First Minister Nicola Sturgeon officially launched a centre in Hong Kong on Thursday that is partnering with a Scottish university to promote the adoption of low carbon and sustainable technologies in the city and the Pearl River Delta, which extends into south China’s Guangdong province.
The centre is being run in partnership with the Edinburgh Centre for Carbon Innovation (ECCI), part of the University of Edinburgh. This brings together governments, businesses and universities to develop and implement low carbon innovations for sustainable economic development.
“This is the first education institution in the world to establish a low-carbon research and innovation centre in another country and I am delighted that it is a Scottish university that is leading the way and setting the standard,” said Sturgeon, the Scottish National Party leader and highest-ranking politician in Scotland.
“Like the Hong Kong Science and Technology Park, the University of Edinburgh has a world-class reputation and I’m confident that this relationship will help provide Scottish companies with a route into Hong Kong and, through its strong links with China, act as a gateway into China.”
The centre is being hosted by the HKSTP in a partnership that is also designed to advance technologies in areas such as “smart cities”, which eye greater digital connectivity.
Their goals include working to “commercialise environmentally friendly innovations, information and communications technology and material, and precision engineering,” said Andrew Young, chief commercial officer of the company running the park.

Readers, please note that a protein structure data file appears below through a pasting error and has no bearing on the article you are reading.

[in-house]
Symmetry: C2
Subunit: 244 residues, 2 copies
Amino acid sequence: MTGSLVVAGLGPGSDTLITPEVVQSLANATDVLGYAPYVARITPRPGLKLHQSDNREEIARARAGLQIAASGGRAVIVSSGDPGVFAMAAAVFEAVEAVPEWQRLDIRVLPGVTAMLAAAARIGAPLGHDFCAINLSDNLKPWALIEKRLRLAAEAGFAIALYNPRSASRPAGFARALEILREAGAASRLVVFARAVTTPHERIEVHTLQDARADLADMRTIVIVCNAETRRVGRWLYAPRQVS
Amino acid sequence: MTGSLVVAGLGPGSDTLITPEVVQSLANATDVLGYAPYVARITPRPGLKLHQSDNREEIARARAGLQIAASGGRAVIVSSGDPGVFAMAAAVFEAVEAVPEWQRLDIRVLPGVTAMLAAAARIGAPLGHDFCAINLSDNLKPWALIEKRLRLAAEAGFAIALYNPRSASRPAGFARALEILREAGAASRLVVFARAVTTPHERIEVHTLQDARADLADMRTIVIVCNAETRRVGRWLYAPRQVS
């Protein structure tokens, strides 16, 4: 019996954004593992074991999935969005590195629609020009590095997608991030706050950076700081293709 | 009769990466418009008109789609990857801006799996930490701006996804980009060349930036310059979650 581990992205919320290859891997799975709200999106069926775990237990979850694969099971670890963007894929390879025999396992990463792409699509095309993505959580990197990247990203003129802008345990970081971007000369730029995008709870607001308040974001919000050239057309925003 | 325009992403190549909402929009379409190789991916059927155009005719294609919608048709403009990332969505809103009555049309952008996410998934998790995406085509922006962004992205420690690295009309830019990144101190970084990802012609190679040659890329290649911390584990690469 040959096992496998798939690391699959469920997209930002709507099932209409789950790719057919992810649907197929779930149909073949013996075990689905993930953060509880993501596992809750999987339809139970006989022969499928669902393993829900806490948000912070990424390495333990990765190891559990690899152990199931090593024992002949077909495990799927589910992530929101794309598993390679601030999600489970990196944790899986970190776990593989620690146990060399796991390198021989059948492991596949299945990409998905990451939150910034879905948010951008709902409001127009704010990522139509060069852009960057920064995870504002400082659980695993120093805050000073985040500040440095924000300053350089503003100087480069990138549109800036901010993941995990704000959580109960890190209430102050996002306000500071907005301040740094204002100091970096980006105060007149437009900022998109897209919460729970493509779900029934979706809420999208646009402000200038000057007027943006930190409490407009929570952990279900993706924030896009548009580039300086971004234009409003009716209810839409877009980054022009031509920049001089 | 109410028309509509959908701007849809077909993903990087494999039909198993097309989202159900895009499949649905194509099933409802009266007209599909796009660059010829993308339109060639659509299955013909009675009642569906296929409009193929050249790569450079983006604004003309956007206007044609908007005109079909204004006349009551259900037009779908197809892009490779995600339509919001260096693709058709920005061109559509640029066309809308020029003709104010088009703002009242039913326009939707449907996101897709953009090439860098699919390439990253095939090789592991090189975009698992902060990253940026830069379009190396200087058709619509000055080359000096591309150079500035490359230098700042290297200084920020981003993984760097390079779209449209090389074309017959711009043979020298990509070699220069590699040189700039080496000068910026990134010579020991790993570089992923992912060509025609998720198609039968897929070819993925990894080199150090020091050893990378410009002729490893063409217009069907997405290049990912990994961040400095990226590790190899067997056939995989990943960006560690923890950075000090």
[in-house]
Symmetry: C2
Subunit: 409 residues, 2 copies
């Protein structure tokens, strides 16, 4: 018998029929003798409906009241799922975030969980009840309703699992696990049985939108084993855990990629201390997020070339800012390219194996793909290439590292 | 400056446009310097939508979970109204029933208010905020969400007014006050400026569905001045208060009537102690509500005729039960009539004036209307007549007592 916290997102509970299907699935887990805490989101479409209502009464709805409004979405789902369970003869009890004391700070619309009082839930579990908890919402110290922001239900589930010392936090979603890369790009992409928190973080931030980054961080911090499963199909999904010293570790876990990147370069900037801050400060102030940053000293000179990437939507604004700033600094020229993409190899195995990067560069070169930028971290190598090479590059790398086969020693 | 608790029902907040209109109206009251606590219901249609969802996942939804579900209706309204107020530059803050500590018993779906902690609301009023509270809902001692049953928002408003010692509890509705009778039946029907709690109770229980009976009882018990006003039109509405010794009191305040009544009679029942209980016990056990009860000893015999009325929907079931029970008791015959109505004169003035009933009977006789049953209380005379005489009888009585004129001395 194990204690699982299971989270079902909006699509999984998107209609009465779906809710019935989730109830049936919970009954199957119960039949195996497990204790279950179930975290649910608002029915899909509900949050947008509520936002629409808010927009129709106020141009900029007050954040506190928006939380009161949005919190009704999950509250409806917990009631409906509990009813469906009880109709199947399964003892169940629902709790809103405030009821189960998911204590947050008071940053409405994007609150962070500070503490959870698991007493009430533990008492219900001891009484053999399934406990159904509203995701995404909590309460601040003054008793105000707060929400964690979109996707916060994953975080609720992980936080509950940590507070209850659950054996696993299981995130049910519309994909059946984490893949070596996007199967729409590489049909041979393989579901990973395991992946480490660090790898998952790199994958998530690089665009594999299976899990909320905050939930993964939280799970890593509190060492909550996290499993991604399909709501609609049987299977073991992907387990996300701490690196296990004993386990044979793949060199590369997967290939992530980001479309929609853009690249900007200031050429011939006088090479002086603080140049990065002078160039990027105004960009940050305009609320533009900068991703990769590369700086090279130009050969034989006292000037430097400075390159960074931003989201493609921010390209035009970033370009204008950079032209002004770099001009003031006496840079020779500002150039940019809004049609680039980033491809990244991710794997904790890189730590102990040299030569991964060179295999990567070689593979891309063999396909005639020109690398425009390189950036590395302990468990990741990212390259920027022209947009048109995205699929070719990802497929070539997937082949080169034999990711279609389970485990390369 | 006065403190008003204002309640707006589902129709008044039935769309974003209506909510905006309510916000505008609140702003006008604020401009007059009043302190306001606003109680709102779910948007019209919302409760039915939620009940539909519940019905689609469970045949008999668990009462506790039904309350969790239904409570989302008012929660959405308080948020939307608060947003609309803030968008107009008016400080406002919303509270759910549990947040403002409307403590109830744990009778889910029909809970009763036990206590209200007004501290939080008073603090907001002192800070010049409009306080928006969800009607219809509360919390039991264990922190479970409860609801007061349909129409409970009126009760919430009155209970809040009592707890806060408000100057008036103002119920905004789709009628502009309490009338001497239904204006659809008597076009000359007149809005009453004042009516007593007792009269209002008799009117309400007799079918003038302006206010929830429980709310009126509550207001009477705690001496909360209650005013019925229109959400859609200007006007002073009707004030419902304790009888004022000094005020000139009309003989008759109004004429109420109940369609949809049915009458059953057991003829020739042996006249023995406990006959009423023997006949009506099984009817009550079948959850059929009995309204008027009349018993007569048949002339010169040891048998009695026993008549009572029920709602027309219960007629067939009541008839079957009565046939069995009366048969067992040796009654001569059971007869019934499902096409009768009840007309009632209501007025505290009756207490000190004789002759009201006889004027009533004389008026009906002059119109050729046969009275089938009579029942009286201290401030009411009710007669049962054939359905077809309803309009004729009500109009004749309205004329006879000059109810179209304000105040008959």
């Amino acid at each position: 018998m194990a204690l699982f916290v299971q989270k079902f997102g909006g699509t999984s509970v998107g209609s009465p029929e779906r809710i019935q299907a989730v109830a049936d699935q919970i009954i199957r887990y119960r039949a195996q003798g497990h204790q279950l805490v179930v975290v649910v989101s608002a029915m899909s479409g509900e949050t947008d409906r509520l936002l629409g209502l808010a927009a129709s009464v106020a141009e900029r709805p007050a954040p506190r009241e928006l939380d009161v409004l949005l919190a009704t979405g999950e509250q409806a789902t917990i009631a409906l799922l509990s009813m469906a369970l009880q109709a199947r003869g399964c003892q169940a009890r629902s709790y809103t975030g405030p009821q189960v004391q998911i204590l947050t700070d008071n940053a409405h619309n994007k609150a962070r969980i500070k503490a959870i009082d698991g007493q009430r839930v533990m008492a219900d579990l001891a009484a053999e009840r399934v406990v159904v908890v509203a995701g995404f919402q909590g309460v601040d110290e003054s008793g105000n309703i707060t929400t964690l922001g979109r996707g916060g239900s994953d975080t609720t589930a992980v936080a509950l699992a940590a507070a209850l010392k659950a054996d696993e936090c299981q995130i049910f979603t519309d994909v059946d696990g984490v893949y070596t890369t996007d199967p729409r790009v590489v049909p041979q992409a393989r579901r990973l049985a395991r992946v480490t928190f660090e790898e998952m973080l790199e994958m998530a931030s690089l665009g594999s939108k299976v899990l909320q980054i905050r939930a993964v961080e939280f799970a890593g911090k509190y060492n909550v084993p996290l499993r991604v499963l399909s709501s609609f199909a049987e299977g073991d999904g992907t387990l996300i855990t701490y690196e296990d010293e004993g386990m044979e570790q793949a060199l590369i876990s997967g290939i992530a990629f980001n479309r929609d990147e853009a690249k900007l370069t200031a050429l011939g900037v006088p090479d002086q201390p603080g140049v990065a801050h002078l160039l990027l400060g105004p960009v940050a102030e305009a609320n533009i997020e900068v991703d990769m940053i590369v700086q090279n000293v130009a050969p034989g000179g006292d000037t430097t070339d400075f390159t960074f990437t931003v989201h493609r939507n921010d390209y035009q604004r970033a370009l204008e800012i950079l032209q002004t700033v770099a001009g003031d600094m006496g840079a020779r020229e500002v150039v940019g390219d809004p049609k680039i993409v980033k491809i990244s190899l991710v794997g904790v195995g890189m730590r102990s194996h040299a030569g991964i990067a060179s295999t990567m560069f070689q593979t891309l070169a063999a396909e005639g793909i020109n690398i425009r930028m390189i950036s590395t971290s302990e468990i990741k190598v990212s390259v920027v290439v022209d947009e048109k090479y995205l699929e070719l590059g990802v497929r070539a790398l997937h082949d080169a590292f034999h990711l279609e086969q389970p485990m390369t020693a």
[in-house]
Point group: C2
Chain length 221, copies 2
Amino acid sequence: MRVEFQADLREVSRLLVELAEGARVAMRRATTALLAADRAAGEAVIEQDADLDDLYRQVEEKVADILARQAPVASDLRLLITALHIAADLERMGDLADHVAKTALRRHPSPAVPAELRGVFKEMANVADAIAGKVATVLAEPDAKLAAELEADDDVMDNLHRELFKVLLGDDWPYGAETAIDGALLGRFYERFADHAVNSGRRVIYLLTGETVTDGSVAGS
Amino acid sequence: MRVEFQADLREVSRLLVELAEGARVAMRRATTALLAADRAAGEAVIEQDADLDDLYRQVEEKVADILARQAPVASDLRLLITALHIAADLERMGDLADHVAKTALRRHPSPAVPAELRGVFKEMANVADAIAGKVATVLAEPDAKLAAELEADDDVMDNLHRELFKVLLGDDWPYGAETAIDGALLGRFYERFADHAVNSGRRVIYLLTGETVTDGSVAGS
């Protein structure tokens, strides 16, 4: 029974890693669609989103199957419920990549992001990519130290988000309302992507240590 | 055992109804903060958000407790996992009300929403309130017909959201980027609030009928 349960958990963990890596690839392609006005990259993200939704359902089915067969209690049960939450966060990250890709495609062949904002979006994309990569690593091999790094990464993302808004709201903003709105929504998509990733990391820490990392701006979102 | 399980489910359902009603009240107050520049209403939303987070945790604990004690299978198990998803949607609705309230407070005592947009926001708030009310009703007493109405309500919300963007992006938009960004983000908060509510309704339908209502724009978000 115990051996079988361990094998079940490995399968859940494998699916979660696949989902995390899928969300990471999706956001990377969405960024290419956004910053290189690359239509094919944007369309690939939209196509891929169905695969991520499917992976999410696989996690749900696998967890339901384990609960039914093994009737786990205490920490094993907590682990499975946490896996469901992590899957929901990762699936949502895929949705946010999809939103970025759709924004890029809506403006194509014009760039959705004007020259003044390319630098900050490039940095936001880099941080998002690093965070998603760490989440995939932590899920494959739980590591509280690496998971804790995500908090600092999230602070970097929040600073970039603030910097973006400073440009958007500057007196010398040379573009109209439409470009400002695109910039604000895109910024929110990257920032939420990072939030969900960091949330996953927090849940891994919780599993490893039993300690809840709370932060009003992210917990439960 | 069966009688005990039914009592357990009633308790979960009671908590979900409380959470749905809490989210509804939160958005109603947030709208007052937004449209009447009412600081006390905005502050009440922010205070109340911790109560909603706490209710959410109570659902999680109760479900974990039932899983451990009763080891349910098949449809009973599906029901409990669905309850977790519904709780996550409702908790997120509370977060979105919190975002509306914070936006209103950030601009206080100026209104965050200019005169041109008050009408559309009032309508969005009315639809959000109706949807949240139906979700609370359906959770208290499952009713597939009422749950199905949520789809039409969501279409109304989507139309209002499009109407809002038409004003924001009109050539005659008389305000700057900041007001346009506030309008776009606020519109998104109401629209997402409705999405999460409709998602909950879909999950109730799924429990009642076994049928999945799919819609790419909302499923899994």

“China produces 26 to 27 per cent of the world’s carbon, and Hong Kong is a key gateway, and an important centre in its own right,” said Ed Craig, deputy director of the centre.
Almost 20 Scottish businesses have been brought over to Hong Kong in the past three months. They focus on areas like air pollution and the environment. Six more are due to arrive soon under the new agreement.
Hong Kong businesses and researchers will be invited to work with the centre in Edinburgh, which also has partnerships with Edinburgh Napier University and Heriot Watt University, the centre said.
The centre has helped thousands of small companies in Scotland to reduce their carbon footprint and create profit from waste, Craig said.
This relates to the concept of a circular economy, which aims to phase out waste and shift from fossil fuels to renewable energy sources, among other changes.
Craig used the example of Celtic Renewables, which has worked with the centre to produce bio fuels using two waste products from Scotland’s whisky industry that were previously dumped in the sea or on land.
“They’re looking at the waste product and saying we can make a second or a third income from [it], which also makes our [main] product much more environmentally sustainable and financially sustainable,” he said.
Craig identified Hong Kong’s transport system, building standards and energy consumption as ripe for innovation.
Hong Kong uses 4,200 buses made by Scottish company Alexander Dennis, which carry about 4 million passengers every day, according to its website.
Craig described these as “relatively low carbon” but said improvements can be made as the company is already starting to introduce hydrogen buses in Scotland.